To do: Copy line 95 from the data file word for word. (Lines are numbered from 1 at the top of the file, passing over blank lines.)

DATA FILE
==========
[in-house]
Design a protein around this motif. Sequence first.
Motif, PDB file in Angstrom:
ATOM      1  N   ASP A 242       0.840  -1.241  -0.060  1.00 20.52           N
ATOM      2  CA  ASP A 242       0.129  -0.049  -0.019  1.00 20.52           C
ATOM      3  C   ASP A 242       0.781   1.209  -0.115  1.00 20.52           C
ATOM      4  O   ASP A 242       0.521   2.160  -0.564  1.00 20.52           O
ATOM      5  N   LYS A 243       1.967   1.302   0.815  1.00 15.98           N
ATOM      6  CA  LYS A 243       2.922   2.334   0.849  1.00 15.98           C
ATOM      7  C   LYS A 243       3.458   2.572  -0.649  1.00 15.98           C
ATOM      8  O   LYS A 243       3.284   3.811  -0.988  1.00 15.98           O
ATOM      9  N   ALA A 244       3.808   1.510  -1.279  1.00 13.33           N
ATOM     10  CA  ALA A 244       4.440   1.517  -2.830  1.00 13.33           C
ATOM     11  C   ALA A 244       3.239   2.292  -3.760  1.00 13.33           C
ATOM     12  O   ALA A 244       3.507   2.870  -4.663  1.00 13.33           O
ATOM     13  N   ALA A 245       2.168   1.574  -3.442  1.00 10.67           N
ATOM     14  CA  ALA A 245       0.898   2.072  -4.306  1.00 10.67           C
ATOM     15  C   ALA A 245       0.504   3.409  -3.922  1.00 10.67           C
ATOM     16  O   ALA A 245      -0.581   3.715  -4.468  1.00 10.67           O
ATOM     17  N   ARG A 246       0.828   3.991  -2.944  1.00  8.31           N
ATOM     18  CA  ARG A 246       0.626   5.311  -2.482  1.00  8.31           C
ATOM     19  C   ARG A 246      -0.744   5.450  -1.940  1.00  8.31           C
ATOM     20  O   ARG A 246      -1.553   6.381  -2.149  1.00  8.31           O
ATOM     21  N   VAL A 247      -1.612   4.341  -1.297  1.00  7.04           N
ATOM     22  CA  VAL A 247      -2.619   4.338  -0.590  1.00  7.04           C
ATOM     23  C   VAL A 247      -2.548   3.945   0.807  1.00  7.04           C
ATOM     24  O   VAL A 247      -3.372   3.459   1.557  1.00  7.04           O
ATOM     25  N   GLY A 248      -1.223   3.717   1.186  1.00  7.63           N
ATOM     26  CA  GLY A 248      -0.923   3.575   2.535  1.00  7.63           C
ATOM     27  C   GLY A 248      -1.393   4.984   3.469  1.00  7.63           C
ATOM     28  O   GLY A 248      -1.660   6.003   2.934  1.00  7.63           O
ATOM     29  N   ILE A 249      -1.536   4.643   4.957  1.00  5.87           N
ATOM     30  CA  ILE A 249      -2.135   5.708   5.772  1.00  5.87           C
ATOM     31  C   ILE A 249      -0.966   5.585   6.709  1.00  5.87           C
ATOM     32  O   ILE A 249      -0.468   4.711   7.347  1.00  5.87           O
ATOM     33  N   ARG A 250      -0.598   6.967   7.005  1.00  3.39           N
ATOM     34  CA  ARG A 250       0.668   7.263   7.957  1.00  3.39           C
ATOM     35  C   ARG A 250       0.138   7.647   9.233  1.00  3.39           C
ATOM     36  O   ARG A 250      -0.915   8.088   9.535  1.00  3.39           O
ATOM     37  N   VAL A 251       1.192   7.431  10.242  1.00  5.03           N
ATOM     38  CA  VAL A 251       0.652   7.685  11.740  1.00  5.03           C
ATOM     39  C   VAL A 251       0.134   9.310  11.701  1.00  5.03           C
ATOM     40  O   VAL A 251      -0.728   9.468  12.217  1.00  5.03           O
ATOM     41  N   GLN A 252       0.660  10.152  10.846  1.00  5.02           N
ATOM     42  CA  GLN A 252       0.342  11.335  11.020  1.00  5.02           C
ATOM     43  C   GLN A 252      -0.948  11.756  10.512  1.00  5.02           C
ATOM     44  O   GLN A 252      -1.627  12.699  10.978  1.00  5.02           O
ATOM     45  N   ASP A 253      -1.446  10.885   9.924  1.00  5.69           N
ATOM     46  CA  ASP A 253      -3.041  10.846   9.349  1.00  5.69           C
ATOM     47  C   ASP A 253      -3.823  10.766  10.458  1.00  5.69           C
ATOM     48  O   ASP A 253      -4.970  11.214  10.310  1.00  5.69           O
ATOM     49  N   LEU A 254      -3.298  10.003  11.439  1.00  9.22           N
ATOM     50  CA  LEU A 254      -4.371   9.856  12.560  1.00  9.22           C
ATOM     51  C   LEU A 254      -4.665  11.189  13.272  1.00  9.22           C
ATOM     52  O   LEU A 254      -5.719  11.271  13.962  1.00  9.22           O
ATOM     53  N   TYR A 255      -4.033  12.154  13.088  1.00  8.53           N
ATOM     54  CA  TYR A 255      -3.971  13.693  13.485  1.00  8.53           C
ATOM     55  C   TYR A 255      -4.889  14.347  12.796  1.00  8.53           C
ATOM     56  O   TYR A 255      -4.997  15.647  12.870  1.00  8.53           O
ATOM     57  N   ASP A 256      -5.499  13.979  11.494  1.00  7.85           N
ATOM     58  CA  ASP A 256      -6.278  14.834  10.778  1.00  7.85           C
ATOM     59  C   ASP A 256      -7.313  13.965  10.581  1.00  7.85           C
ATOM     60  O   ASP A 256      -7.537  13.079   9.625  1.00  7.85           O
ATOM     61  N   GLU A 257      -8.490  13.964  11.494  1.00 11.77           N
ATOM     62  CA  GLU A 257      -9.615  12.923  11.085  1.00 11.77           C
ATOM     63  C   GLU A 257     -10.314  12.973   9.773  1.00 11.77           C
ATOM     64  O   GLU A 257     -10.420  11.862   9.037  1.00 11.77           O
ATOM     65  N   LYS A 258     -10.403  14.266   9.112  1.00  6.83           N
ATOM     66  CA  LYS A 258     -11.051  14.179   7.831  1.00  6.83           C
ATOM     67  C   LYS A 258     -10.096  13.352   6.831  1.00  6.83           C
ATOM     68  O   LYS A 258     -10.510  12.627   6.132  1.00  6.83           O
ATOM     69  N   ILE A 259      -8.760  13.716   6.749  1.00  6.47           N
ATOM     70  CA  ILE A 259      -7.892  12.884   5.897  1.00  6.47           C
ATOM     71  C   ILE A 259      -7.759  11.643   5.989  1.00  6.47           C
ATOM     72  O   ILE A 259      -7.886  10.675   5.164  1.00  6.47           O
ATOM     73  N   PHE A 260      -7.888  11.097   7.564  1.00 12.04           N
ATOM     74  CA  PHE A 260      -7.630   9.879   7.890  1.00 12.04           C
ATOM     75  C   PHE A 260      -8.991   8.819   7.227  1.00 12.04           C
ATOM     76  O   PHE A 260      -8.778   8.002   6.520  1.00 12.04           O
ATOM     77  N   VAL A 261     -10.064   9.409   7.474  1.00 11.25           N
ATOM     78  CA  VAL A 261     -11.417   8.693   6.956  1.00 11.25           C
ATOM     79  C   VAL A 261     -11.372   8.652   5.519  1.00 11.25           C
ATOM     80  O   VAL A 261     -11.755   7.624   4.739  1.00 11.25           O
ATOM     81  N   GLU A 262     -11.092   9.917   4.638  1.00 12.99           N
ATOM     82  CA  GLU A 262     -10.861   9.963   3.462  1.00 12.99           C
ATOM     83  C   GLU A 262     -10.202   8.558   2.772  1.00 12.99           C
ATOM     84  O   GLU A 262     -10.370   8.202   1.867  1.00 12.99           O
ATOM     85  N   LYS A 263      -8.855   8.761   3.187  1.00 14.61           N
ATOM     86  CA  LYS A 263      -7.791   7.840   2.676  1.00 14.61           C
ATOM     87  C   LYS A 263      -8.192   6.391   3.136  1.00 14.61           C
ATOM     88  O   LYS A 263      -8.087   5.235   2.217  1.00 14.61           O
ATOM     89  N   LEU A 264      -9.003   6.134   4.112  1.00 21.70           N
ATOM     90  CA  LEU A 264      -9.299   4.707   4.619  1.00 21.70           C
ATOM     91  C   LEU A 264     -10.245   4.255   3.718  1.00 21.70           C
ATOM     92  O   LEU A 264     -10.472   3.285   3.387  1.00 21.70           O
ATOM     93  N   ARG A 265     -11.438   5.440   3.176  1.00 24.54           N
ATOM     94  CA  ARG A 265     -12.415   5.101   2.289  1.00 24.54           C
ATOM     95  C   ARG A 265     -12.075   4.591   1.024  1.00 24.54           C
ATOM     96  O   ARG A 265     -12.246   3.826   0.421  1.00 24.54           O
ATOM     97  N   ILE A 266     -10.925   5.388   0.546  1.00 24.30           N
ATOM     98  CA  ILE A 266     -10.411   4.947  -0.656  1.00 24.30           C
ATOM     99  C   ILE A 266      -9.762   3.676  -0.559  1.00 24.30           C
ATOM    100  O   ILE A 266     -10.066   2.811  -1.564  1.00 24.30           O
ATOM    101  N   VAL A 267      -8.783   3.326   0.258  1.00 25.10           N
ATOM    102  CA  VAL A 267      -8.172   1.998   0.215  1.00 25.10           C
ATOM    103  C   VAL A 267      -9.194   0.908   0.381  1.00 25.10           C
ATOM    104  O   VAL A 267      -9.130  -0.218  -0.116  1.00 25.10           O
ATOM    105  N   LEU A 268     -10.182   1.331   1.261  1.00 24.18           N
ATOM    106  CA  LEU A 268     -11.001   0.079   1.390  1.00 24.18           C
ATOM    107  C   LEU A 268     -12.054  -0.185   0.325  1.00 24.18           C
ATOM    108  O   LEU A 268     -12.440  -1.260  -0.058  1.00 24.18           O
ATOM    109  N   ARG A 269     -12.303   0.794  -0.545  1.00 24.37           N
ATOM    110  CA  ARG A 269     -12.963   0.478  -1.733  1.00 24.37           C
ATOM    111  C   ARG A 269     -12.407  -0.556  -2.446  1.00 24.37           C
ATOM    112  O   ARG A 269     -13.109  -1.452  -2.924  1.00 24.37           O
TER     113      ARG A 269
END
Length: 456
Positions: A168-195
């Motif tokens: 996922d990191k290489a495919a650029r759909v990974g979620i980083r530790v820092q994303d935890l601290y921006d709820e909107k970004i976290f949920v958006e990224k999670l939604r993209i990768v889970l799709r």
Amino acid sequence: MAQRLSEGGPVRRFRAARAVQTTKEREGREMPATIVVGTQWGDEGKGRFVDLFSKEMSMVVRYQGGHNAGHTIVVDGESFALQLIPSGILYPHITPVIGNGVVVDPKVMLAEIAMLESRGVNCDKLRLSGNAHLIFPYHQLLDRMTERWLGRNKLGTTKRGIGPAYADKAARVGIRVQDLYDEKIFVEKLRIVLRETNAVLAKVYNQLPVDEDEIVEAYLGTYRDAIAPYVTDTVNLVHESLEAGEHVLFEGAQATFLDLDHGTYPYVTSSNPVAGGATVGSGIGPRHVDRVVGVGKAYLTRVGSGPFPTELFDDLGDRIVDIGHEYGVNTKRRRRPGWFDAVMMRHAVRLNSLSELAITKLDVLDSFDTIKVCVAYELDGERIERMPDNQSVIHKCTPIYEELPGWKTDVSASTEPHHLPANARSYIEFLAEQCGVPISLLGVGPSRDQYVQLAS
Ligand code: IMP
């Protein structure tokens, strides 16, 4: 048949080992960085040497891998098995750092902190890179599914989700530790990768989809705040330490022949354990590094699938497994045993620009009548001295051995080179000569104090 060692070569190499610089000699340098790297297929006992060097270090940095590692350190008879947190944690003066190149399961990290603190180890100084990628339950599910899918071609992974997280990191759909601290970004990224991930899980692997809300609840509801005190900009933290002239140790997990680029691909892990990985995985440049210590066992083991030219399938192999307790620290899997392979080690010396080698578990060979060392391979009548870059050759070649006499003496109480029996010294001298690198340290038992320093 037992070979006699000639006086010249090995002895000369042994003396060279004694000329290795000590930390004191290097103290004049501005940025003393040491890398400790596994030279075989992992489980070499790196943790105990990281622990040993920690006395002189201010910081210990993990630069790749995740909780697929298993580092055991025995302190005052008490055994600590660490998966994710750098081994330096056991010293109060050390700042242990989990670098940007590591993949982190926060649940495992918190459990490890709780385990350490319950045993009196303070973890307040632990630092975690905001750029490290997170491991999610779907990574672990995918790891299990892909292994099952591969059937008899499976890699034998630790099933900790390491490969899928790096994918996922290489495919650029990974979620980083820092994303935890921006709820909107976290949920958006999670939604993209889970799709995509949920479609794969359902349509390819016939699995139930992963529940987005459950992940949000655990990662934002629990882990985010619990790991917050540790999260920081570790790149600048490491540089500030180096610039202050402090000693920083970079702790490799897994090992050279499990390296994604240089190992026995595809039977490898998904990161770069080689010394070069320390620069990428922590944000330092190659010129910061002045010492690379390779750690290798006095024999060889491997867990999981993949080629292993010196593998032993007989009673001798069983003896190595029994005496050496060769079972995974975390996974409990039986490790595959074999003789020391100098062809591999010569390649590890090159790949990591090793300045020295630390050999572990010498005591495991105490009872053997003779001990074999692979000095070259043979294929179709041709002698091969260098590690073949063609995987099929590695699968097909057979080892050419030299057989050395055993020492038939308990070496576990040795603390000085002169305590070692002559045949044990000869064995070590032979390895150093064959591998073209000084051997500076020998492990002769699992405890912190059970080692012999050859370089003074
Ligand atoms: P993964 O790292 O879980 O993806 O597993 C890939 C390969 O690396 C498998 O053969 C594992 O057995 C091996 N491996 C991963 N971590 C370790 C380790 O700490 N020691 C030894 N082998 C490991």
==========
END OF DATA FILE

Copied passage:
ATOM     92  O   LEU A 264     -10.472   3.285   3.387  1.00 21.70           O